Schmidt smiled at this, seeming to relish the fact that she and her partner had gotten under Carie’s skin.
“Let us know how the will reading goes,” Longbaugh said, walking away from the counter to the front door. Schmidt hung back for a moment.
“This doesn’t need to be this difficult,” she said.
“You’re right.” Carie glared at Schmidt. “It doesn’t.”
Carie shrugged as if to say you got me, and then headed to the front door to meet her partner. They walked out together, but not before Longbaugh turned back and gave Carie a jaunty little wave. Rolling her eyes, Carie headed to the front door to lock up behind the detectives.
She had a will reading to get to.
Carie drove to the address indicated on the card in silent introspection.
There had been no reappearance of Tanner since he disappeared. The container hadn’t magically reappeared on the shelf either, so what did that mean? Was Tanner still out in the world? Was he in another ice cream shop?
That last question popped in the Carie’s mind, bringing with it a small tinge of jealousy she was surprised to feel. They’d only been together twice that day, but the thought of him in another ice cream shop, with a different owner, bothered her more than she had expected it to.
And what about Rocky Road?
Longbaugh had almost stumbled across the new flavor. What would she have done then? How would she have explained that? Would Rocky Road have animated for the two detectives?
Carie had a ton of questions that she knew couldn’t be answered.
She also wondered how the coffee shop next door had been running since Angela’s death.
These thoughts, questions, and concerns, along with many others, kept Carie company on the drive to the will reading. She finally pulled up to a giant wrought iron gate with a little box beside it. She rolled down her window and pressed the only button on the box.
“Welcome to Rollingwylde. Name and purpose for visiting?” A disembodied voice asked through the box.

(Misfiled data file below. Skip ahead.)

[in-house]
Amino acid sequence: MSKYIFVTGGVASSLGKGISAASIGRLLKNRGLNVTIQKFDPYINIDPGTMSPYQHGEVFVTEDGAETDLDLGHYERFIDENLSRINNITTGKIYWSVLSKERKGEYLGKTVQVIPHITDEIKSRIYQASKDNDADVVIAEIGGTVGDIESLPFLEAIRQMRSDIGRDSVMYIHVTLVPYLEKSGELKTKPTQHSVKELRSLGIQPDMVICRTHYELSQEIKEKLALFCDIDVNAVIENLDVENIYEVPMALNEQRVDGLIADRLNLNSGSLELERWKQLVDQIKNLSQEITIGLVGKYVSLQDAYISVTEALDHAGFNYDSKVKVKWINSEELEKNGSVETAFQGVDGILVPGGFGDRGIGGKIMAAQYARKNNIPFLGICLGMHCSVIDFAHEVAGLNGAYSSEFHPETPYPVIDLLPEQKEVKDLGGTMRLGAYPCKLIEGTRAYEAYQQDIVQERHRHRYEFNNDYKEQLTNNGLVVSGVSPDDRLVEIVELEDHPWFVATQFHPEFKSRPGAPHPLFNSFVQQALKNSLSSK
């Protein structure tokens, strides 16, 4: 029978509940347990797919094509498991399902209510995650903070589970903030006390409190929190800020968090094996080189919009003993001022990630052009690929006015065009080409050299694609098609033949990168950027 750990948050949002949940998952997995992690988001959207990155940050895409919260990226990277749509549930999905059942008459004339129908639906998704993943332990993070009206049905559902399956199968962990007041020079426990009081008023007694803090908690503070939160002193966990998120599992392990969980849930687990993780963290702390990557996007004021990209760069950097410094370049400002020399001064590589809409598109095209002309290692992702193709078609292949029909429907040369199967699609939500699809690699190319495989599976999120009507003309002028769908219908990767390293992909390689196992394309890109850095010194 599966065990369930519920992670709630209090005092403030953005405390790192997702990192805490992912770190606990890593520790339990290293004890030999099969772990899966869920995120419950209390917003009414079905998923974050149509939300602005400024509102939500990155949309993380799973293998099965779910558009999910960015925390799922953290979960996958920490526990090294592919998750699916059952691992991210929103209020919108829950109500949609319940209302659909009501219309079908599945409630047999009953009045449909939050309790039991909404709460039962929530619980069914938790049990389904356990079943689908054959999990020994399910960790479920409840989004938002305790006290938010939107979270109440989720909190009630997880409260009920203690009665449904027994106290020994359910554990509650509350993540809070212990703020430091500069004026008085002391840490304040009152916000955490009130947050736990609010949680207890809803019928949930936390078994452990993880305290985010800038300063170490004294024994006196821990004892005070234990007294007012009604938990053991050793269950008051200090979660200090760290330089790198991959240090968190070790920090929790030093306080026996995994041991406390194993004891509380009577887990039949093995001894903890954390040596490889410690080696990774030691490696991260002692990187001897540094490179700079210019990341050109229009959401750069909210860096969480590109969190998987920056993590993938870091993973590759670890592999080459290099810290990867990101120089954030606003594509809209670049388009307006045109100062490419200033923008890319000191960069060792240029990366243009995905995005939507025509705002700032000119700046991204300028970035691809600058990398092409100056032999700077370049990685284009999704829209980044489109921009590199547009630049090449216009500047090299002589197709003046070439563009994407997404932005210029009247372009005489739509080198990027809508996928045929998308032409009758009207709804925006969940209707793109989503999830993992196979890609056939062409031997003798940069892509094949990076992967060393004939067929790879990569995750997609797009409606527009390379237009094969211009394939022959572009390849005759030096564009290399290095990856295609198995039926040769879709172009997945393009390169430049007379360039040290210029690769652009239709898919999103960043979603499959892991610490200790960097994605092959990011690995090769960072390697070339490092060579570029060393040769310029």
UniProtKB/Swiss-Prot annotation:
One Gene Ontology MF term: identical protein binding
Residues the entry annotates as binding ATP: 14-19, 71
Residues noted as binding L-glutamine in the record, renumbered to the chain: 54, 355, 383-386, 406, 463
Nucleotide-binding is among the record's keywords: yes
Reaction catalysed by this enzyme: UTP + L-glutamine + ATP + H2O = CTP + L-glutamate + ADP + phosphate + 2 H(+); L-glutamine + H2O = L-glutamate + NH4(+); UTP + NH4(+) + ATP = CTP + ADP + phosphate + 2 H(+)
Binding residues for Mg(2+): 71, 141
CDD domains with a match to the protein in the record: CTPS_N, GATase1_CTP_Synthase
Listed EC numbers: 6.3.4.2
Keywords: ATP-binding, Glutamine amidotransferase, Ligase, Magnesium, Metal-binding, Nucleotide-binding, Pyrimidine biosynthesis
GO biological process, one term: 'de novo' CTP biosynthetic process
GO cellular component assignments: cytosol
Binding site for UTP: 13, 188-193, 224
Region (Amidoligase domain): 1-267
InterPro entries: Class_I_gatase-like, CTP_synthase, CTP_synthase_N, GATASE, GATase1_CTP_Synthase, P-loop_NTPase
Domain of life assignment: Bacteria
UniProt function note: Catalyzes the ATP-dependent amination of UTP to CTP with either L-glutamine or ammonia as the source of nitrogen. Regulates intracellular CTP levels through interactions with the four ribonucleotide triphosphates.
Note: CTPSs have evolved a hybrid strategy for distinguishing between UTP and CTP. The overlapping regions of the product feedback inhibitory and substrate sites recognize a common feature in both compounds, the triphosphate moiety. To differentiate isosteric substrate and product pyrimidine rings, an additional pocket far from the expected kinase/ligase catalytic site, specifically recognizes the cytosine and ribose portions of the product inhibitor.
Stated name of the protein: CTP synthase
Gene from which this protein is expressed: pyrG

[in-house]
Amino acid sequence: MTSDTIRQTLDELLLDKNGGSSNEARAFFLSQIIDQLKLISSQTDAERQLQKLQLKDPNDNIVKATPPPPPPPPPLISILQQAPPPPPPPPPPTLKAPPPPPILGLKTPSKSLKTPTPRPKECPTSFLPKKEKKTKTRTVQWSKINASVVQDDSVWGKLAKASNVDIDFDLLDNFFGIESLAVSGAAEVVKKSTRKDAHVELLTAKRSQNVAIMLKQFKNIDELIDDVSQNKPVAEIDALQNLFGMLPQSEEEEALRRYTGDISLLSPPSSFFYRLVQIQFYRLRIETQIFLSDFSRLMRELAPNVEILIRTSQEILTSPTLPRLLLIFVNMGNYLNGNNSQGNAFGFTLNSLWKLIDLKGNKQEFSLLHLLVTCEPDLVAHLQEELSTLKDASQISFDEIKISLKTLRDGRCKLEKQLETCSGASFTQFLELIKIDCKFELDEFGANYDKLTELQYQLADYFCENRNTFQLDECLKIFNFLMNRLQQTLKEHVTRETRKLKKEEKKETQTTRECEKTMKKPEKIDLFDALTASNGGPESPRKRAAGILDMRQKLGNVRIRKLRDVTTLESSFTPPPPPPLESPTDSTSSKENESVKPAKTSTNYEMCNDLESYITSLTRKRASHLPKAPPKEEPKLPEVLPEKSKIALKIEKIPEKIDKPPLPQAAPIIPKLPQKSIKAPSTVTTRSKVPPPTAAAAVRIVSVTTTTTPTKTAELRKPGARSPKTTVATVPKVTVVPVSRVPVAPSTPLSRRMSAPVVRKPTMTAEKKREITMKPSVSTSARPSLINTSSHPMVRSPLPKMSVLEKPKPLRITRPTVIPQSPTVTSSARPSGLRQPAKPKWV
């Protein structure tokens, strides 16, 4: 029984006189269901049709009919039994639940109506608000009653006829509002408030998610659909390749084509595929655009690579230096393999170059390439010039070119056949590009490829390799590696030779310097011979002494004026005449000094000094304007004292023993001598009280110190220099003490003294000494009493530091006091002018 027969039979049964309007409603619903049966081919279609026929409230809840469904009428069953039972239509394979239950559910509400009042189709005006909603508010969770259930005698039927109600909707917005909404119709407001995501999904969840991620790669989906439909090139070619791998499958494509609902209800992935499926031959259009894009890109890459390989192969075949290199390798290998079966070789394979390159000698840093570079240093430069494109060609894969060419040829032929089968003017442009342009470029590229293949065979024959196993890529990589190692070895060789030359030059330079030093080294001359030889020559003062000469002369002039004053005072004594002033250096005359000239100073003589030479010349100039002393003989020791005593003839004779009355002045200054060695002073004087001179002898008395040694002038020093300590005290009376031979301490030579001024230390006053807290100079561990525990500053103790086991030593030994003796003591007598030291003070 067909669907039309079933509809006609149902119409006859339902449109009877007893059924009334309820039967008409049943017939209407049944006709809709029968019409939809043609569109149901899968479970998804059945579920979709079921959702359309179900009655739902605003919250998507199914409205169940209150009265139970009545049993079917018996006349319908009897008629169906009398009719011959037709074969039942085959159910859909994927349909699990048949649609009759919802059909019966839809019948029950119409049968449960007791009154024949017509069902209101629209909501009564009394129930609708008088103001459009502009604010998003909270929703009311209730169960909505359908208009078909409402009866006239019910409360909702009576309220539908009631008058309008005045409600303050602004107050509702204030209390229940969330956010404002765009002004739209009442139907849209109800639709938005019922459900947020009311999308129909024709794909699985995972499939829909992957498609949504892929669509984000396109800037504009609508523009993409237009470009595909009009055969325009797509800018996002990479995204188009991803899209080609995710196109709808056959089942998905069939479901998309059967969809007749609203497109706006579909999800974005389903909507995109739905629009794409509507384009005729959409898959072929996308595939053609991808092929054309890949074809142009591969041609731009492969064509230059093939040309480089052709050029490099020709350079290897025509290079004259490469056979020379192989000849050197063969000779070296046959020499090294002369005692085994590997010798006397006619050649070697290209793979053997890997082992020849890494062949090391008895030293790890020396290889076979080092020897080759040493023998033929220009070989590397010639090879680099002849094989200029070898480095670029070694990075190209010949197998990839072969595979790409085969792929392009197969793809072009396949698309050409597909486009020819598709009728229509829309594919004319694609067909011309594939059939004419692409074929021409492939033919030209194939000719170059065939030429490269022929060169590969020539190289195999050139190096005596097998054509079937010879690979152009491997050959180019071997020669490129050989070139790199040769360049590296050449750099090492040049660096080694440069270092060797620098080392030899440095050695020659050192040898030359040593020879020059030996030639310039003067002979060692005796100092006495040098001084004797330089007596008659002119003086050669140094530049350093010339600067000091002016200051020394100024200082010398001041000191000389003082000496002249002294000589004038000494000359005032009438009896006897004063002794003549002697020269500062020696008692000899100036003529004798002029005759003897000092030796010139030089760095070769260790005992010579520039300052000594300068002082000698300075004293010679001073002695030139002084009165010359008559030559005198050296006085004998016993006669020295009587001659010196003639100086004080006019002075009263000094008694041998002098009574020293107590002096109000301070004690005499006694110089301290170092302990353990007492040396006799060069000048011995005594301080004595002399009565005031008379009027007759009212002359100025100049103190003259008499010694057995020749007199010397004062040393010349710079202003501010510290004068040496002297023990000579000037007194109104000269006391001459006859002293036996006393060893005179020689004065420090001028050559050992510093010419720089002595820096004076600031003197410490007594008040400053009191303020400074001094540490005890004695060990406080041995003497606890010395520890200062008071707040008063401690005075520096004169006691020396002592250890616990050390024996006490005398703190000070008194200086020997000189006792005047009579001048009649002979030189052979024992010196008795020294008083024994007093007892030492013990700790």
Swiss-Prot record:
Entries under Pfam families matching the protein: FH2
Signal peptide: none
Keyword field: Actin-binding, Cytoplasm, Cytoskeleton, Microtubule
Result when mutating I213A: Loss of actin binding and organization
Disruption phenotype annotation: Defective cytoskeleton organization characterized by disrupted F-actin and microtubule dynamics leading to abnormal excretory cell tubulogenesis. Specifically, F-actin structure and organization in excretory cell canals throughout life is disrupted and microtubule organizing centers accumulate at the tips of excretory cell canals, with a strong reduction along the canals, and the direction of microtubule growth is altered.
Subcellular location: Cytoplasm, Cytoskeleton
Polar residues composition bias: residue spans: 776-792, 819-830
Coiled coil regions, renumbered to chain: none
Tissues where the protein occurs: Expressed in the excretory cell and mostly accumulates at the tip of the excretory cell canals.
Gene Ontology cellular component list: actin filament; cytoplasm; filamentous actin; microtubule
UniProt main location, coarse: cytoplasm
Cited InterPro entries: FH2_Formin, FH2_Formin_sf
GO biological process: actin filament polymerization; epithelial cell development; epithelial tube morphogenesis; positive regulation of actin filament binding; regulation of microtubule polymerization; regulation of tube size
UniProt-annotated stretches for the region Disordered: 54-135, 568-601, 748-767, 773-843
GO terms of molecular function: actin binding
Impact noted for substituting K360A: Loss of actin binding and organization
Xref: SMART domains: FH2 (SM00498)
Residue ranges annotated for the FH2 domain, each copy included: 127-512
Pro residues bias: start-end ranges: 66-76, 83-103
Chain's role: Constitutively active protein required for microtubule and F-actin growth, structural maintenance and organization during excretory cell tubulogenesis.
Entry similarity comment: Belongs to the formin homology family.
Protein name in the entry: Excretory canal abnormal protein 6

“My name is Carie. I’m here–”
Before Carie could finish, the door lurched away from her car, swaying as it opened.
“Proceed to the end of the drive and stop in front of Rollingwylde,” the voice said. “A valet will be on hand to take possession of your car.”
“Rollingwylde?” Carie asked, confused.
The voice on the other end of the box clear their throat, then explained, sounding embarrassed for Carie. “Rollingwylde is the name of the manor.”
“Manor? You mean Angela’s house?” Carie asked.
The box’s tiny speaker perfectly conveyed the frustration in the man’s loud sigh. “Yes. Rollingwylde, if you must describe it as such, is the name of Angela’s house.”
“Oh. Okay. Thank you.” Carie rolled her window up, color and heat both coming to her cheeks. She drove through the gate and down a long winding drive. On either side of the pavement were thick trees that looked hundreds of years old. The branches of the trees met in a sort of archway over the drive, making it almost seem as though it was twilight. It was a pleasant feeling that Carie had never experienced before, but wished she had.
The drive took one giant bend and then revealed the enormity of Rollingwylde to Carie. The house sat on a giant lot, fronted by an enormous circular drive with a fountain and topiary set in the center. Around the drive were already parked what must’ve been twelve vehicles. Mouth hanging open, Carie realized that most of the vehicles were from a price range that she probably hadn’t even made during a single decade of work.
The house itself dwarfed the giant circular lot. It was a two-story building, completely white except for the forest green shutters that edged each window. The house extended to either side of the lot, trees framing it on both sides.
Carie pulled up in front of the sprawling building that could only be Rollingwylde and a man in a green jacket and white pants approached the car. He walked in front of her vehicle and came to her driver-side door where he pulled on the handle. The door didn’t budge and he tried again.